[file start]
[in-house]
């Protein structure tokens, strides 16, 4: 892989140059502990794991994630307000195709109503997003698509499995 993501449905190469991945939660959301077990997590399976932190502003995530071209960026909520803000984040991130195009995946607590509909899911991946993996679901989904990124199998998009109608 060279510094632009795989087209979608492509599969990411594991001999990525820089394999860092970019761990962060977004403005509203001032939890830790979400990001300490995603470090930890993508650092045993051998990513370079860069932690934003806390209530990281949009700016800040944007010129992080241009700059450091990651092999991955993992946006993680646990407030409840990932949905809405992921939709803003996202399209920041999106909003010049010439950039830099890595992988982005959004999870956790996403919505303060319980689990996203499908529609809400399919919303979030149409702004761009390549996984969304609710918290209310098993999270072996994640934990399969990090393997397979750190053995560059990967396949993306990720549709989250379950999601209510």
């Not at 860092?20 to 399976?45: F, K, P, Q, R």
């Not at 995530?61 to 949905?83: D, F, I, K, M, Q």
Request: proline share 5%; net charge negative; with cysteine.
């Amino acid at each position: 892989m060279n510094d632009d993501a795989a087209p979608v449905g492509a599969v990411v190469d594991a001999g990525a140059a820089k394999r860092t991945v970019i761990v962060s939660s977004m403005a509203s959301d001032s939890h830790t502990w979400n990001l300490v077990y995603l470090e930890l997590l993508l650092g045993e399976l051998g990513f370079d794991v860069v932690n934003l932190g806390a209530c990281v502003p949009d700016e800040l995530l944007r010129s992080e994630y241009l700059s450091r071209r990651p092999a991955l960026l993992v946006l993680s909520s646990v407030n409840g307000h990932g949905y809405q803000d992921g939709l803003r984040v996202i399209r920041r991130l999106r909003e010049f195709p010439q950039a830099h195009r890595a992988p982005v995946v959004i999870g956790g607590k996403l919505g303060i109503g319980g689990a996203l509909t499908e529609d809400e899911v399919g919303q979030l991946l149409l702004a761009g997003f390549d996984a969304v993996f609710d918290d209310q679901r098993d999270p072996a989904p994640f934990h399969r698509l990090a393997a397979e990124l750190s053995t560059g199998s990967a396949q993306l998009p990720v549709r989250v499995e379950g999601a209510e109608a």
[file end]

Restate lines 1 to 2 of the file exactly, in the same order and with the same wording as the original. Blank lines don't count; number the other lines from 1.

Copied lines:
[in-house]
């Protein structure tokens, strides 16, 4: 892989140059502990794991994630307000195709109503997003698509499995 993501449905190469991945939660959301077990997590399976932190502003995530071209960026909520803000984040991130195009995946607590509909899911991946993996679901989904990124199998998009109608 060279510094632009795989087209979608492509599969990411594991001999990525820089394999860092970019761990962060977004403005509203001032939890830790979400990001300490995603470090930890993508650092045993051998990513370079860069932690934003806390209530990281949009700016800040944007010129992080241009700059450091990651092999991955993992946006993680646990407030409840990932949905809405992921939709803003996202399209920041999106909003010049010439950039830099890595992988982005959004999870956790996403919505303060319980689990996203499908529609809400399919919303979030149409702004761009390549996984969304609710918290209310098993999270072996994640934990399969990090393997397979750190053995560059990967396949993306990720549709989250379950999601209510």